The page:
It’s natural to want to increase your audience globally on the web and in all honesty, that is a smart move to make. The more audience you reach the better of a success your social media campaigne will be. The only problem would be the ever present language barrier. It is true that posting something online like YouTube for example, will gain you traffic that you would have never thought possible. The thing that will be the deciding factor is, will your video be able to be understood by someone who doesn’t speak your language fluently?
Depending on the type of video this could be a hurdle. If you are working on a SFX action video with killer impact and engaging music then I don’t see a problem. Action does speak louder than words in most cases and if shot right the video can be infured pretty well. On the other hand something that is highly speech and text driven may have a bit of a challenge when trying to market to a foreign audience.
But not all is lost. Their are ways can be used to get around these hick-ups and some are virtually free. Google translate is a free service that you can use, but be precocious. This is not a fool proof plan here. Like all translating software, it’s not going to get every phrase perfectly translated for you and deliver it in a neat and tidy package. In fact there are phrases and sayings that just cannot be translated accurately.
So what else can you do? Find a native speaker that is willing to help you translate your videos for you. If you have a friend up to the task, hooray for you, that means you are one step closer to reaching your goal, otherwise you can go about hiring a translator. Preferably someone who is from the region of the world you are trying to cater too, or who knows the language. The reason I say someone who is currently living in the area is because they are more familiar with the localisation and lingo. Thus, it will be more native and authentic to the people who live there instead of someone trying to pretend that they are from the area.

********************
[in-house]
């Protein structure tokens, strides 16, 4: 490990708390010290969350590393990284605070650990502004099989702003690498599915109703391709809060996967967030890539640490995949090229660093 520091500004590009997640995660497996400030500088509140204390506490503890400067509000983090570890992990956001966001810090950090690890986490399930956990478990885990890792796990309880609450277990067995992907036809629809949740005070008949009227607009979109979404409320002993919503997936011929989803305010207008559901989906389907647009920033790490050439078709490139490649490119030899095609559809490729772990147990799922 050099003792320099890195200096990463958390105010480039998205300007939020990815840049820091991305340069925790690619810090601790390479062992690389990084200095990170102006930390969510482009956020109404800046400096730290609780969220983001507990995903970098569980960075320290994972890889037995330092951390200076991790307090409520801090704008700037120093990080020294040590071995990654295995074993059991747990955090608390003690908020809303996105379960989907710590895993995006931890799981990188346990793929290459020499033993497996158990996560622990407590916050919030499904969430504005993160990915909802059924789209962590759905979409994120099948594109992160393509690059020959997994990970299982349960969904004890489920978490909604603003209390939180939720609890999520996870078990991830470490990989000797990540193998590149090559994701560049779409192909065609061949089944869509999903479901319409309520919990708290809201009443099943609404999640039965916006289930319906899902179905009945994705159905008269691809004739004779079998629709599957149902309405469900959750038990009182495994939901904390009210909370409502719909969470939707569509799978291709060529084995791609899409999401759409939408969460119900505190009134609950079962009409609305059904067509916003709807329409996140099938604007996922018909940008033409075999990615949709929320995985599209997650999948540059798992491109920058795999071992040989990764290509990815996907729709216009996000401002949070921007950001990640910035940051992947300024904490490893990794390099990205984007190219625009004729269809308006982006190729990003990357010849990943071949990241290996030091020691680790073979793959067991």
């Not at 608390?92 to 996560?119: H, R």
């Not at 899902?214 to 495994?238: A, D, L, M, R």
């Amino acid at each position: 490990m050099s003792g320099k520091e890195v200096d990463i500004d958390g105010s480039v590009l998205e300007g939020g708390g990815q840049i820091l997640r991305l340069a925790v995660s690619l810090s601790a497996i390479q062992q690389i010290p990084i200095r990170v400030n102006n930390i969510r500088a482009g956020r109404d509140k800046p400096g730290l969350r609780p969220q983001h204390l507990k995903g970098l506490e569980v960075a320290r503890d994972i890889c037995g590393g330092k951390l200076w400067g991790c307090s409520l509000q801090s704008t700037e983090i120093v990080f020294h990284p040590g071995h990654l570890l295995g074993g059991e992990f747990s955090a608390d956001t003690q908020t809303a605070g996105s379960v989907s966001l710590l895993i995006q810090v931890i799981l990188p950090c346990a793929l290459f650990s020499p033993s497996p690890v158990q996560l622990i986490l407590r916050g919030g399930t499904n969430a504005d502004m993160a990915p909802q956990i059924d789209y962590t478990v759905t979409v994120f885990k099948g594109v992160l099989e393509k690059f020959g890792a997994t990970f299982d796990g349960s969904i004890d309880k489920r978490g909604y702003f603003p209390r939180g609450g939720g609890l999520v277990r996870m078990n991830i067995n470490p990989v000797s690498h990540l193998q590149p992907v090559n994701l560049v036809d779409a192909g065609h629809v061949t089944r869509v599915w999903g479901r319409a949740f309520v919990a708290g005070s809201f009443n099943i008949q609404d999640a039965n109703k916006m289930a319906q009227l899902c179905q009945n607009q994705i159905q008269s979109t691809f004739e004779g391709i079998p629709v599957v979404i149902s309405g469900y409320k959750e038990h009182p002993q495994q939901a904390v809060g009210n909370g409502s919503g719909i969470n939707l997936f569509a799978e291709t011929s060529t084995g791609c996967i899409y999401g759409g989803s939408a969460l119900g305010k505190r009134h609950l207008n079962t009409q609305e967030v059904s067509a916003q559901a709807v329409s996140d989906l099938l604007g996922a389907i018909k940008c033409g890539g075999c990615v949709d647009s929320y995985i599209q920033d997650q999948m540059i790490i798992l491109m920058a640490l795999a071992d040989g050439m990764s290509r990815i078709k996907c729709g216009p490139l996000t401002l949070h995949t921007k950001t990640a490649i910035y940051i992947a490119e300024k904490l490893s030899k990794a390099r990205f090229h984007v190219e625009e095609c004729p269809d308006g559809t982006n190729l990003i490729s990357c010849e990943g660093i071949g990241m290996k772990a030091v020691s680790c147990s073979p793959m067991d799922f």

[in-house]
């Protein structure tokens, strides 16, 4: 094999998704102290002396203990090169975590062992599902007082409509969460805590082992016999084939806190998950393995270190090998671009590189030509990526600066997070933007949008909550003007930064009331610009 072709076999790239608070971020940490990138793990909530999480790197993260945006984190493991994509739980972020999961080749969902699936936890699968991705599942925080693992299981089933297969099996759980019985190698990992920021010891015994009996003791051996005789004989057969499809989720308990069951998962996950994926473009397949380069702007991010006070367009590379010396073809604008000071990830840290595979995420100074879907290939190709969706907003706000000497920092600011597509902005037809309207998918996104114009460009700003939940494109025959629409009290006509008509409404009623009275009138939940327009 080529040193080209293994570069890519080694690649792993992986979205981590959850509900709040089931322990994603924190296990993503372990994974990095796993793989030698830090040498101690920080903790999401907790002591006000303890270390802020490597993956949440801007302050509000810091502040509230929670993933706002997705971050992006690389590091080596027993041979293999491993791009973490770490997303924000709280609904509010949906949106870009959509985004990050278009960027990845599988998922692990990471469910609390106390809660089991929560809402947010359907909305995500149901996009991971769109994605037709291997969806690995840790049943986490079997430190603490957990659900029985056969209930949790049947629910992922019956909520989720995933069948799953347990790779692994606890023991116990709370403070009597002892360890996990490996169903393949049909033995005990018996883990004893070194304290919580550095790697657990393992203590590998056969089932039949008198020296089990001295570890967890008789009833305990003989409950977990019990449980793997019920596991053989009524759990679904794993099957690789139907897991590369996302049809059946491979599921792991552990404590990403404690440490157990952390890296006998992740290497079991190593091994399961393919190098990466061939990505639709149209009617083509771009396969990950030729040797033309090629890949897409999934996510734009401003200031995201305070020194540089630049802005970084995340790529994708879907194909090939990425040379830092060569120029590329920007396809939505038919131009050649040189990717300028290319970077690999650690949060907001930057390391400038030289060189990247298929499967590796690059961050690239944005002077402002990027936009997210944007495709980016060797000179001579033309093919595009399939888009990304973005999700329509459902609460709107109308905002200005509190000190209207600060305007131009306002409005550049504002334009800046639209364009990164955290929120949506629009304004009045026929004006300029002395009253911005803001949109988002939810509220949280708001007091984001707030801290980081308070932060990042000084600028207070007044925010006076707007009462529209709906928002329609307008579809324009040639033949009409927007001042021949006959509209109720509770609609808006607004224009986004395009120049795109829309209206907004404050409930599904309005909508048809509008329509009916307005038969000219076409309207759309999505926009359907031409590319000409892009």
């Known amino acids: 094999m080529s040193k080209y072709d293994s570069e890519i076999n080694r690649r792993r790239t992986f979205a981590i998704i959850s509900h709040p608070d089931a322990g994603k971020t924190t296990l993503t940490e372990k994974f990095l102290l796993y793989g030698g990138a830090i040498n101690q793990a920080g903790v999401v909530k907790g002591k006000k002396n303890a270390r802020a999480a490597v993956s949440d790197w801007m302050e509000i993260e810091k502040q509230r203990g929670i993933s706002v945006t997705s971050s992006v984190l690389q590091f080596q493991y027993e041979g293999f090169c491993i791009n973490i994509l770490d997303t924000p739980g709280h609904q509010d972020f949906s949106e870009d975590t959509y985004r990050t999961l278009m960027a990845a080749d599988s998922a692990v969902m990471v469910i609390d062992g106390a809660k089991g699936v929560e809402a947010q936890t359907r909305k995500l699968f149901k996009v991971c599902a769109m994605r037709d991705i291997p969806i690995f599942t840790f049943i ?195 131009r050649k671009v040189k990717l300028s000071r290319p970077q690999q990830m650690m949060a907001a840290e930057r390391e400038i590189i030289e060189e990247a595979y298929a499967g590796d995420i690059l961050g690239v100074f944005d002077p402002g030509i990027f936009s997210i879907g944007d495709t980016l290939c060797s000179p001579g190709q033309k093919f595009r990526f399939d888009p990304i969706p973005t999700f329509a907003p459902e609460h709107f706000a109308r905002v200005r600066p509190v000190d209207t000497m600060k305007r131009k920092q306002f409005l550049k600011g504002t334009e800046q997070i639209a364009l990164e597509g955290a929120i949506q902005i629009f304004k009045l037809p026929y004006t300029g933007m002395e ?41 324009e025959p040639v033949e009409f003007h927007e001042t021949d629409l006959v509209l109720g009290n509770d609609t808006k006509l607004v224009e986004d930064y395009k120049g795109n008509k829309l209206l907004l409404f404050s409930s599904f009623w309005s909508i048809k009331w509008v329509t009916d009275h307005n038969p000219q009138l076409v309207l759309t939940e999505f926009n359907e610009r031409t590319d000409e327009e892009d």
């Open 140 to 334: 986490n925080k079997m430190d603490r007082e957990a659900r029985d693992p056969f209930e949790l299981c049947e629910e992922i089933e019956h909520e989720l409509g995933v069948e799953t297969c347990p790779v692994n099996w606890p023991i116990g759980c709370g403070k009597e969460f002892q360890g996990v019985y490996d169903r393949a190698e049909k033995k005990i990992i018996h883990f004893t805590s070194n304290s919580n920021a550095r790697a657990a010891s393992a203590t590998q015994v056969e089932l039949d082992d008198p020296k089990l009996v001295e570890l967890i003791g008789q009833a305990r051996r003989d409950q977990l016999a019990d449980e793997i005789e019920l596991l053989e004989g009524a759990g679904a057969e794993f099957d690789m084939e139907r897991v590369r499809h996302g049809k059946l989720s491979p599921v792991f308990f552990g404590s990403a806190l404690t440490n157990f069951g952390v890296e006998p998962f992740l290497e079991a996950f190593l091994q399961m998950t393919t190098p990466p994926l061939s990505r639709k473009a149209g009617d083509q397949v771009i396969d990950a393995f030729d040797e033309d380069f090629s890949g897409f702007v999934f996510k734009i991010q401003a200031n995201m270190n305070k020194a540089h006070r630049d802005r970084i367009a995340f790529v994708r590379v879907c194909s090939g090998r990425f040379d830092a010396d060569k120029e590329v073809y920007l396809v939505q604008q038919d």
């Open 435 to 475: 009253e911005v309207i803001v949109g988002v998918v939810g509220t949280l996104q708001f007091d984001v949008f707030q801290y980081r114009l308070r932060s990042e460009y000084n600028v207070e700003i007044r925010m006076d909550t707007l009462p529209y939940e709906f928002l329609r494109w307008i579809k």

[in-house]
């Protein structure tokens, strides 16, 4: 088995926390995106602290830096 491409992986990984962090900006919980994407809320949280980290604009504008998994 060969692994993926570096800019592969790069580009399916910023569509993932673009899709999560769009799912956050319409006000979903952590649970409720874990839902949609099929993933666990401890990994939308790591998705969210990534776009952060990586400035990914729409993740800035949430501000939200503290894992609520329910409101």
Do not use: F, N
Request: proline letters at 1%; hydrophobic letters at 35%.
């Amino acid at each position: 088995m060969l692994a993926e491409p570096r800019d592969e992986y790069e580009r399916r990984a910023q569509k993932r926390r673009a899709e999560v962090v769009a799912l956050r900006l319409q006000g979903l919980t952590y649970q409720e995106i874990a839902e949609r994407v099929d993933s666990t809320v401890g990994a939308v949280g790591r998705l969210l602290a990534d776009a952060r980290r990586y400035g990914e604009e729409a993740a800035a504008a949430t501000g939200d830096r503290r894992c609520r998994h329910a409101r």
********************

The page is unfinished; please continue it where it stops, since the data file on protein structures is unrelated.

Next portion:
Aside from that, here are some things to also consider when translating your videos for another language:
- Consider making channels that are geared for and are specific to that language or country – For example if the company that I work for decided to make videos for South Korea and Australia. We could make new YouTube channels called evolveALOUDSKorea and evolveALOUDAustralia. One thing to keep note of, is that what we as English speakers would call one country may not be what the natives would call their contry. Example in English we call the country of Spain, well Spain, however for fluent speakers and natives of the Spain, they call it España. This also goes with Germany which natives call Deutschland, and Japan which is called 日本(Nihon or Nippon) respectively by native speakers.
- Optimization is key – Optimize everything on you channel’s from Bio’s all the way down to your tags and comments in the language that channel is geared for. Do not shortchange this or cut corners. Give as much if not more attention as you would your home channel. Like SEO and search rank is important to you in English, search rank and SEO will be important in the foreign language your channel is marketing for.
- Use Adwords to weigh out your competition – Let’s face it, the foreign market is the new frontier, with competition being small at the moment. When you’ve translated your information, test out the waters and see how you’re doing. You never know where your potential clientele and optimal demo-graph will be.
With the power of the internet and with strong SEO, you can really conquer a lot of ground and really take the helm to gaining your niche market. You can even have hidden potential with prospective new clients. If expanding your customer bases is important to you, why not give translating your information to a new language a try.